More than £185,000 spent on social distancing measures in Shropshire towns

More than £185,000 has been spent on putting in social distancing in town centres across the county, a council has confirmed.

Shrewsbury's High Street which is one of several roads affected by social distancing measures
Shrewsbury's High Street which is one of several roads affected by social distancing measures

Shropshire Council said that the measures, which were put in on high streets following the end of the first lockdown, had been funded by £288,194 from the government.

However, a report which will be considered by the authority's Place Overview Committee next week, outlines that the council will need to find its own money to pay for the measures in future.

In Shrewsbury under the changes traffic was stopped from travelling up Wyle Cop and down High Street, while Bridgnorth, Ludlow, and Oswestry have also all seen significant alterations to main streets.

The measures have not been met with universal praise, as residents of Town Walls in Shrewsbury have expressed significant concern over the impact of traffic being diverted along the route to allow for Wyle Cop and High Street to be closed off.

The report from Steve Brown the council's head of transport & environment says: "The costs to date are circa £185,726 to date from an initial government award of £288,194.

"The current forecast is that this funding will expire by Christmas 2020, and then other council funds will need to be identified to support social distancing measures going forward."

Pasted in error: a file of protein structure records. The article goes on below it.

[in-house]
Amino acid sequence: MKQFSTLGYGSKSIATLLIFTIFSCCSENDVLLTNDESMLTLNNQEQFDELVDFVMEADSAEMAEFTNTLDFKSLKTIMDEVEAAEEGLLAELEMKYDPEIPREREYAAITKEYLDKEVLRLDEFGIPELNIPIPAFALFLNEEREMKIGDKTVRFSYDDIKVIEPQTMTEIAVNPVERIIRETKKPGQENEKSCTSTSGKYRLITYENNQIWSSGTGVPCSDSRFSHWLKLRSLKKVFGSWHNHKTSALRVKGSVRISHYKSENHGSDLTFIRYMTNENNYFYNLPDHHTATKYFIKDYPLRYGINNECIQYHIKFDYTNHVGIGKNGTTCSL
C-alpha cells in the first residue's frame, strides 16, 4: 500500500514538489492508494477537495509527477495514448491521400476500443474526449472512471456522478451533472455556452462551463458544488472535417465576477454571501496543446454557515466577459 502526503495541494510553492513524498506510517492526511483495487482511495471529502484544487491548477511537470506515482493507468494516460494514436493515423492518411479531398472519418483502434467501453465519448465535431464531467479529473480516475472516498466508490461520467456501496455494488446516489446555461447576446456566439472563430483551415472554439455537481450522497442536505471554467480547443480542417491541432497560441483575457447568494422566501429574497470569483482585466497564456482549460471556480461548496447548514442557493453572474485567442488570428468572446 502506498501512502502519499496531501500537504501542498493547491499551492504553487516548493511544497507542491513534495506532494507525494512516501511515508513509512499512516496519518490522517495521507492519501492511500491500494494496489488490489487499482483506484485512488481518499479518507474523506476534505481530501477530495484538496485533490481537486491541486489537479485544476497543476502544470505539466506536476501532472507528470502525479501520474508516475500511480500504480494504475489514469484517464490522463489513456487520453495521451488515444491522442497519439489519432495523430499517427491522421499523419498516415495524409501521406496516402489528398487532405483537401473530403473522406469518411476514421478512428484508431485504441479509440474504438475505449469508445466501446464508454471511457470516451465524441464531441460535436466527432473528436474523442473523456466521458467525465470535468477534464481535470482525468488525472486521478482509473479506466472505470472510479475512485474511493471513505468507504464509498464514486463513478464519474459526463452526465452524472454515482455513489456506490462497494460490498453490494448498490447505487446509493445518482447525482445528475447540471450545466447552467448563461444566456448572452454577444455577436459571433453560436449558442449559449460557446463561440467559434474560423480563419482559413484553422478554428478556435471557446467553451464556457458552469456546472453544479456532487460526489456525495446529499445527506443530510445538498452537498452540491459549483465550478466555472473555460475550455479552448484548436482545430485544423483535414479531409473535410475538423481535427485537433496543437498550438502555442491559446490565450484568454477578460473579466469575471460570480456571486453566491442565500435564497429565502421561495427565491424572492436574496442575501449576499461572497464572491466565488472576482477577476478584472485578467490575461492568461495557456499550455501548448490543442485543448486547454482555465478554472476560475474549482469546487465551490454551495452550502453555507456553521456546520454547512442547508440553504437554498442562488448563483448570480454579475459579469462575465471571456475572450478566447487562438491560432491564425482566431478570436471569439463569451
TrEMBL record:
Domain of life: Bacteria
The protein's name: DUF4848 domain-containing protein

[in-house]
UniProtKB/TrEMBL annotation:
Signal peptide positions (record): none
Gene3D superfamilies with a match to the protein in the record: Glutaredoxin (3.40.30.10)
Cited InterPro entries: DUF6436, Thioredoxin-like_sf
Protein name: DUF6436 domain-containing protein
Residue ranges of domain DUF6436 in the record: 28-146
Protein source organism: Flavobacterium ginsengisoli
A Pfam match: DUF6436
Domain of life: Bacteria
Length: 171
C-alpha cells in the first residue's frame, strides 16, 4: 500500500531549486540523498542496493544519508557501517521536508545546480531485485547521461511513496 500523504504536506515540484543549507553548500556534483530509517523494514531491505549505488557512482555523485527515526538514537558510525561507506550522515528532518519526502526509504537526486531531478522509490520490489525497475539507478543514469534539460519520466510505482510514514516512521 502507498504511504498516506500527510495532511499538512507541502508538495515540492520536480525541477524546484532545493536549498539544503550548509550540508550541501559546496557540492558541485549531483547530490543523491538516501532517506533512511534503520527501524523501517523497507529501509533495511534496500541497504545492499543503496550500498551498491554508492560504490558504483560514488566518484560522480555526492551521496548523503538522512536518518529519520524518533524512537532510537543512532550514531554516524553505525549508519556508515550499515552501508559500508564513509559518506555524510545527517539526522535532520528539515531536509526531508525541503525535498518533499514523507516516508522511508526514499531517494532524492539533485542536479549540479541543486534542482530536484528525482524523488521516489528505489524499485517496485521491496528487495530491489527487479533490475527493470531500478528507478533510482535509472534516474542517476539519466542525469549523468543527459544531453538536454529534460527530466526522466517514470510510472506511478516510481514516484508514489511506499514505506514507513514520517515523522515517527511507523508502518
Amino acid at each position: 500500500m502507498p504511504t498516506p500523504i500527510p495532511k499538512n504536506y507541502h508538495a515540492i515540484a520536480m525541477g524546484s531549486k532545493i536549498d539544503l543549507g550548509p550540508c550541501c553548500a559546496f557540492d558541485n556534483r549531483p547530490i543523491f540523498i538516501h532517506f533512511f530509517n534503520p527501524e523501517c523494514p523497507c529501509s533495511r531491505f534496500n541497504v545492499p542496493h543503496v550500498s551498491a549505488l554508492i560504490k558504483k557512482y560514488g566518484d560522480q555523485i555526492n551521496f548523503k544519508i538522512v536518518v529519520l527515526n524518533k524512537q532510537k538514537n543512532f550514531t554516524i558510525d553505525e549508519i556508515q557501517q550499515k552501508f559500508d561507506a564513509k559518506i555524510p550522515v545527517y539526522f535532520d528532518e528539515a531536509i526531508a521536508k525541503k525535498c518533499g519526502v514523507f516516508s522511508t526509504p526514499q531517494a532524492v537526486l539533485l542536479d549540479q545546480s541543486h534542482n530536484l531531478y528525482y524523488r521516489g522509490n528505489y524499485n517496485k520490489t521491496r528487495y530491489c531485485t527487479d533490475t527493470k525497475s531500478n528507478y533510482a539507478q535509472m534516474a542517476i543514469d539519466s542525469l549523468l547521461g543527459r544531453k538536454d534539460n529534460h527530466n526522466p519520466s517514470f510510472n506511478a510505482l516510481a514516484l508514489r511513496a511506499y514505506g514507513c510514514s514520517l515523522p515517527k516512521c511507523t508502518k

It adds: "The withdrawal of key social distancing measures during the second lockdown (high street, Wyle Cop and Victoria Avenue) will have supported the financial position, as there is a significant cost in placing these measures on and off during the day, this work is undertaken by a traffic management company.

Scepticism

"However, ongoing social distancing costs will need to be met by the council."

The ongoing Covid crisis means some measures may be in place for significant time yet, but the report says that some changes have been seen by the public as 'positive'.

It states: "The response to Covid-19, has expedited issues and agendas, such as online shopping and our entire approach should be considered.

"Prior to Covid-19 the effective pedestrianisation of the high street had not been previously undertaken and perhaps was met with some scepticism. Now it perhaps (with valid concerns form some residents) is seen as a positive in supporting the towns."

The report will be discussed at the meeting of the Place Overview Committee on December 9.

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